After a fairly cantankerous start, MLS Cup 2013 eventually developed into an exciting, end-to-end game, played between two worthy sides, who in the end could only be separated by penalty kicks.
Spurred on by the home crowd, who braved the freezing temperatures, Sporting Kansas City were not to be deterred by the early loss of influential Spanish midfielder Oriol Rosell or going a goal down to an Alvario Saborío effort, as they overcame a resolute Real Salt Lake side to win their first league title since 2000.
While it was the MVP, Aurélien Collin, who headed in the crucial equaliser from a corner in the second half, before later driving home the deciding penalty kick, special plaudits should be reserved for Danish keeper Jimmy Neilsen who, playing with broken ribs, served as the shootout hero. After an admittedly shaky 120 minutes in goal, the 36-year-old club captain pulled off a pair of excellent lunging saves when it truly mattered to down RSL, as Sporting became only the fifth franchise to claim multiple MLS Cups.
No one can say SKC did not deserve this title either – one which has been nearly three years in the making. It’s a turnaround, both on the field and off it, which of course has been well documented over the past season. Struggling commercially as one of the league’s smaller-market sides, the then-Kansas City Wizards were largely irrelevant in their own city, until a group of innovative and ambitious local businessmen purchased the team from the late Lamar Hunt in August 2006.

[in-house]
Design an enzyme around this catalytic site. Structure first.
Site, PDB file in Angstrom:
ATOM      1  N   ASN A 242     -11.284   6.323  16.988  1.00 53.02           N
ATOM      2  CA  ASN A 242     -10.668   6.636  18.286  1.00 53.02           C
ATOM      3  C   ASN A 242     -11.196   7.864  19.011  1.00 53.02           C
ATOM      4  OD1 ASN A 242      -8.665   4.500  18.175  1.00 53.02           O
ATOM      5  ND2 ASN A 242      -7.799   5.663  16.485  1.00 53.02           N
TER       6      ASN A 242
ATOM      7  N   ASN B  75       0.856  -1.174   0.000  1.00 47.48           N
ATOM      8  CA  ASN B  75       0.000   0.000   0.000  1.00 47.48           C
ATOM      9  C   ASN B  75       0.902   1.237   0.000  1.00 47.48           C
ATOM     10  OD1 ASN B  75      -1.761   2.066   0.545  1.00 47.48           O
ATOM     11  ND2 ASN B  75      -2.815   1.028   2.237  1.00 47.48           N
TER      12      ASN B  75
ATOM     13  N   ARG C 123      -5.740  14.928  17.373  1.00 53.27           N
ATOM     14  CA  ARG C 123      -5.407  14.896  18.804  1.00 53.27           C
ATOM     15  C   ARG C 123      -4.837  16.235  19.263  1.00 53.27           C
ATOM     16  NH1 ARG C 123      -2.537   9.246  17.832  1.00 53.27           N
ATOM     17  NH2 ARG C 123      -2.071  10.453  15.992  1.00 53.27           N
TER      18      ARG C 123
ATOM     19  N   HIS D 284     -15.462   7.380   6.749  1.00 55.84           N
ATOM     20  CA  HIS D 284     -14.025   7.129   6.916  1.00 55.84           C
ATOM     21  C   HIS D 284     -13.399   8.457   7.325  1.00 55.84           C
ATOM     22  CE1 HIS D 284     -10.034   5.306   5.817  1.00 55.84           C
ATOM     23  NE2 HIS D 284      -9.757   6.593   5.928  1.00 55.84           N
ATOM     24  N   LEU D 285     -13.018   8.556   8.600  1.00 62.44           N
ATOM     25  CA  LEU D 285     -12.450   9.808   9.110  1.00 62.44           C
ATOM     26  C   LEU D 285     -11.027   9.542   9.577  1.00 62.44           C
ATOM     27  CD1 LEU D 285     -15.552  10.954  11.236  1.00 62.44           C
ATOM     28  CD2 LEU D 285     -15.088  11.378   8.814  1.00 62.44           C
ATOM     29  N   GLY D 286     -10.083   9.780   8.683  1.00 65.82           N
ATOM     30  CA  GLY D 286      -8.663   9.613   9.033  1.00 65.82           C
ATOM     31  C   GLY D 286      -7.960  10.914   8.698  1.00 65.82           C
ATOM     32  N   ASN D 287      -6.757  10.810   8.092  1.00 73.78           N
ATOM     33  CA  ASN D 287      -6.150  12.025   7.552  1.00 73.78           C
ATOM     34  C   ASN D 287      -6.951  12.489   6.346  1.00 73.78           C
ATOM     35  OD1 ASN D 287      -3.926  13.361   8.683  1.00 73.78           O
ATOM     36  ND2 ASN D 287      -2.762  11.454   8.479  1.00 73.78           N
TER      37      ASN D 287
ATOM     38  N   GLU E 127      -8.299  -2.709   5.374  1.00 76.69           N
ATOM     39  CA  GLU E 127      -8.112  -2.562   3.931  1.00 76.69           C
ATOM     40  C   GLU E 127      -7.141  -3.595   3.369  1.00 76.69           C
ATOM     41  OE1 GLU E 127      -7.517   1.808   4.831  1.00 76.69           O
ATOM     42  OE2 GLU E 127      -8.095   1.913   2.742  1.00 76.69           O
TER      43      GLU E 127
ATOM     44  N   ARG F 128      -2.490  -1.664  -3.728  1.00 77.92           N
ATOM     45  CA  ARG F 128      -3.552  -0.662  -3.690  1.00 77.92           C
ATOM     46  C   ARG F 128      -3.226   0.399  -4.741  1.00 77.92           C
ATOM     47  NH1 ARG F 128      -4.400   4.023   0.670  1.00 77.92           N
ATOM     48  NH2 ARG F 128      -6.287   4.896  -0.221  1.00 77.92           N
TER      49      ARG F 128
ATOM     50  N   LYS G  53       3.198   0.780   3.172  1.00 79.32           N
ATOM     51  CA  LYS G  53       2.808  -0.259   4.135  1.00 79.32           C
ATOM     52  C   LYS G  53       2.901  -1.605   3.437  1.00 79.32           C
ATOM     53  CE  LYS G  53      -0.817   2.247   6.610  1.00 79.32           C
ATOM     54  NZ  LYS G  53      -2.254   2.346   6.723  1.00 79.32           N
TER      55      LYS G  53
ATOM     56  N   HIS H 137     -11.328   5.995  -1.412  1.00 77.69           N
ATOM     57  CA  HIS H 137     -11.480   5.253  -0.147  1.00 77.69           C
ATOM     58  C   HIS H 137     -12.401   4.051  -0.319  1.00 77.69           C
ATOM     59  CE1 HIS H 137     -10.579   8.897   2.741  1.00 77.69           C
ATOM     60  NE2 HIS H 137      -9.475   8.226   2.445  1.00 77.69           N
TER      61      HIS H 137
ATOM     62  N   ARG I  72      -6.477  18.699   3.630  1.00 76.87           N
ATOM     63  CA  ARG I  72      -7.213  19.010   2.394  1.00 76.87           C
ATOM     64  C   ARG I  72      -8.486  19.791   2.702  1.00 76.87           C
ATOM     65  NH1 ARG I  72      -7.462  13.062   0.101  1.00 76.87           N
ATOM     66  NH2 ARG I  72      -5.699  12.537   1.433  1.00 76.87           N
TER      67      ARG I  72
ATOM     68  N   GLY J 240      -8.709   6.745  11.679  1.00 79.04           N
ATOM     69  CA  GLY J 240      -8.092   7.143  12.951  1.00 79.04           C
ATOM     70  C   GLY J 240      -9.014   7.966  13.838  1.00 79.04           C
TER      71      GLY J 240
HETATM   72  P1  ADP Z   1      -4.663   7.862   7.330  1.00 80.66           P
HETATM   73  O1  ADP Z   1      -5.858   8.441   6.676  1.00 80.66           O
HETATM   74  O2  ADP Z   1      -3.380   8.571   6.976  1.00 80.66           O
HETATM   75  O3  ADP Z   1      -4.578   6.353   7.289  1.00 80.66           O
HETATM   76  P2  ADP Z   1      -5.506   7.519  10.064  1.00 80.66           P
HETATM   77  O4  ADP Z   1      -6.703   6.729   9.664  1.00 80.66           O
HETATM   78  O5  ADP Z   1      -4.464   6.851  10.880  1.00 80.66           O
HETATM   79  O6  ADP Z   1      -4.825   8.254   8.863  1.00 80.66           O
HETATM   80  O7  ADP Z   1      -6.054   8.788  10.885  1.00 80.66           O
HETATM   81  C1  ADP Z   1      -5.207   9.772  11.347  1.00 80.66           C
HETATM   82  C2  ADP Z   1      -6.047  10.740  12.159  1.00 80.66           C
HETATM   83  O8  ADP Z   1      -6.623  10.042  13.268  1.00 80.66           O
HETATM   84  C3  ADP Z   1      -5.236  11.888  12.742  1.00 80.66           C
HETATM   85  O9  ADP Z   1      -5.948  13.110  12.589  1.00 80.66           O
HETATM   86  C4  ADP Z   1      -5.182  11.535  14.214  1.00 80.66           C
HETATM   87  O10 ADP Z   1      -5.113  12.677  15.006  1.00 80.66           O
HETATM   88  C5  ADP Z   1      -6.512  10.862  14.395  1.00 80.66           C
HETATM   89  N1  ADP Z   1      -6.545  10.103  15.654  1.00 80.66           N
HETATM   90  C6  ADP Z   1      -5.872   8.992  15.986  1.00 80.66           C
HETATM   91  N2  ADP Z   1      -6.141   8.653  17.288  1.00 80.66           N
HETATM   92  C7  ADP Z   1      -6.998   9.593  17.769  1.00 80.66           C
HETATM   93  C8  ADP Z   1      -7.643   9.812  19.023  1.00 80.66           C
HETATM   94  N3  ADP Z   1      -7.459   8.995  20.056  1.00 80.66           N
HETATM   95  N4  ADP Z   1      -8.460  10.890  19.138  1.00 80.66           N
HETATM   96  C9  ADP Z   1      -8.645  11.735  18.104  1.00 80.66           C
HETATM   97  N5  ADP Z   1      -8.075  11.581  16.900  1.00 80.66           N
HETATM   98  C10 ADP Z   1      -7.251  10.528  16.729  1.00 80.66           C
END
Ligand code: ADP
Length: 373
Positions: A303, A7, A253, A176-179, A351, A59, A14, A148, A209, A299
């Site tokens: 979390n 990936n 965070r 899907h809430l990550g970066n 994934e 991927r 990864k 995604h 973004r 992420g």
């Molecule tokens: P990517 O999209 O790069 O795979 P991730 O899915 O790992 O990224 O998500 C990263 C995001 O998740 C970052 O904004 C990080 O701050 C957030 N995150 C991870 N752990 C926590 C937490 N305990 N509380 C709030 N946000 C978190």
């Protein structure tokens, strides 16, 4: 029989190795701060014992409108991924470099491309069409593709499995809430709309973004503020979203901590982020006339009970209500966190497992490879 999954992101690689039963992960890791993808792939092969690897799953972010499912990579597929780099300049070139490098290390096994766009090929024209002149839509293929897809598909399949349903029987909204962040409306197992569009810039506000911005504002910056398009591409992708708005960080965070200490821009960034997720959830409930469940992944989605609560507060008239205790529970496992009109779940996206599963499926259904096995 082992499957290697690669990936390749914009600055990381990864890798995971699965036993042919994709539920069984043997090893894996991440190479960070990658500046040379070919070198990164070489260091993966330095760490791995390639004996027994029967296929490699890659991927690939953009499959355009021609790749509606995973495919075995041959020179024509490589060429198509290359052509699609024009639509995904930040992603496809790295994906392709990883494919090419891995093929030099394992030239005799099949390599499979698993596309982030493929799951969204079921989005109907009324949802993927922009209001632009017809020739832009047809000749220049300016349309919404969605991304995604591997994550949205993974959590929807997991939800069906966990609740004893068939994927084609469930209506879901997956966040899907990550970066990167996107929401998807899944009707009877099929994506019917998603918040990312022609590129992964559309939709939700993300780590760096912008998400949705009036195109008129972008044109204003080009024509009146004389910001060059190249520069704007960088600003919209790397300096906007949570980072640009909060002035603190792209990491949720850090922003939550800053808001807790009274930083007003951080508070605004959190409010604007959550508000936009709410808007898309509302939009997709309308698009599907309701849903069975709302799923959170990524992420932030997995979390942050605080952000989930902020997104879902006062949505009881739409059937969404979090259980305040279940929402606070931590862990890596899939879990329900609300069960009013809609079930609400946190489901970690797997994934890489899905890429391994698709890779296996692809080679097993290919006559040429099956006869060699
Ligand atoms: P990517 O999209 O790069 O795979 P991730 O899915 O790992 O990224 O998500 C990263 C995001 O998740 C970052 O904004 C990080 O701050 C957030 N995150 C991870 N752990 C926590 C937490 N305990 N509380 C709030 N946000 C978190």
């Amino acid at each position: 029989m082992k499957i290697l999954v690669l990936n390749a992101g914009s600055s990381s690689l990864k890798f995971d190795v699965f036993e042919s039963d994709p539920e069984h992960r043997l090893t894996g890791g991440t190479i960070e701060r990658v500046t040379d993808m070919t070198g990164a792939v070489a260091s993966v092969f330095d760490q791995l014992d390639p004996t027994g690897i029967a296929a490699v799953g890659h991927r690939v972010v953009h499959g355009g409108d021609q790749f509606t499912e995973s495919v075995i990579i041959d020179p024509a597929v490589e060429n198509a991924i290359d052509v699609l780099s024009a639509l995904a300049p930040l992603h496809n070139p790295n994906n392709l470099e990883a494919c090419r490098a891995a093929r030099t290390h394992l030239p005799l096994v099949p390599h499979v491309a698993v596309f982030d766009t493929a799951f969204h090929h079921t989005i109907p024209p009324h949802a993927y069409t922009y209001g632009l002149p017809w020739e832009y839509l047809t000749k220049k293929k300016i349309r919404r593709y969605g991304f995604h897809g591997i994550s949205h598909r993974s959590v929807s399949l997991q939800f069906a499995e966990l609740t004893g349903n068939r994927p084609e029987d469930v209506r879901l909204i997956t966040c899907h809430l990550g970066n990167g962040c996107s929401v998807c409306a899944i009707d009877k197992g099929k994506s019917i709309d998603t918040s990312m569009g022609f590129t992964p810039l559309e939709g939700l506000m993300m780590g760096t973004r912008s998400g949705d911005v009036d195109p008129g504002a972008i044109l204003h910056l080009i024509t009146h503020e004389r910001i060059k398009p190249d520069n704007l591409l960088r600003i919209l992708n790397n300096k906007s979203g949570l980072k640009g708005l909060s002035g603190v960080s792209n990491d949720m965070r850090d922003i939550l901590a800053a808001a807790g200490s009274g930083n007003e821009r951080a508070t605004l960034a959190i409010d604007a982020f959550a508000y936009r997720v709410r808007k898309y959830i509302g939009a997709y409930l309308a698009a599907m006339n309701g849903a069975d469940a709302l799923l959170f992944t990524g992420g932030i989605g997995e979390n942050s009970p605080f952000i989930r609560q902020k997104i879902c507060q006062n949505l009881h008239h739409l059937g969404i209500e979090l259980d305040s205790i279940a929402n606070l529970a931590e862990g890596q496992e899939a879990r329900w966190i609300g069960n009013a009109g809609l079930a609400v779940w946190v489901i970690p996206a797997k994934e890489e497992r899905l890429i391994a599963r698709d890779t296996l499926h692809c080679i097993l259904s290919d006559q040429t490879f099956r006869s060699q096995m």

Relocation to Rochester was even considered at one point by ownership but savvy marketing saw the club rebrand in the winter of 2010 and the opening of Sporting Park in mid-2011, as the turn in fortunes began to take shape. With the new venue visibly injecting life into a formerly floundering franchise, head coach (and former KC player) Peter Vermes would go about constructing one of the deepest and most physical squads in MLS, leading Sporting to first-place regular-season finishes in the Eastern Conference in 2011 and 2012 and to the 2012 US Open Cup title.
Despite the departures of key players Roger Espinoza and Kei Kamara, that form duly continued in 2013, as SKC rode the league’s stingiest defence (just 30 regular-season goals conceded) to a second place finish in the Eastern Conference, behind Supporters’ Shield-winners the New York Red Bulls, before embarking on a playoff campaign which eventually saw them crowned MLS Cup champions.
Backed by the raucous support of “The Cauldron” at Sporting Park, which rivals the likes of Portland and Seattle for atmosphere, the trophy win on Saturday only serves to reiterate how the future for SKC looks undoubtedly bright. While fans are resigned to accepting the eventual departures of star players Matt Besler and Graham Zusi (especially should they both impress with the national team in Brazil next summer), for now they remain an integral part of a side which also boasts exciting young pieces, such as Oriol Rosell, Dom Dwyer and Soony Saad, to go along with league veterans like Paulo Nagamura and Benny Feilhaber.
In fact, SKC’s turnaround and current healthy position could really be a metaphor for the league’s own recent surge in popularity. After clearly its most successful season ever, MLS fan support and quality of play bears virtually no resemblance to ten or even five years ago, and that’s a trend which is only going to keep moving upwards as the head office looks for ways to further expand its reach, new big-name stars arrive and clubs like New York City FC enter the picture.
Sporting themselves are playing a big part in that growth, as a professional, proactive and fan-friendly organisation, who translate success away from the field into results on it. They’re a great model, not simply for MLS but for franchises across pro sports, and their success is richly deserved.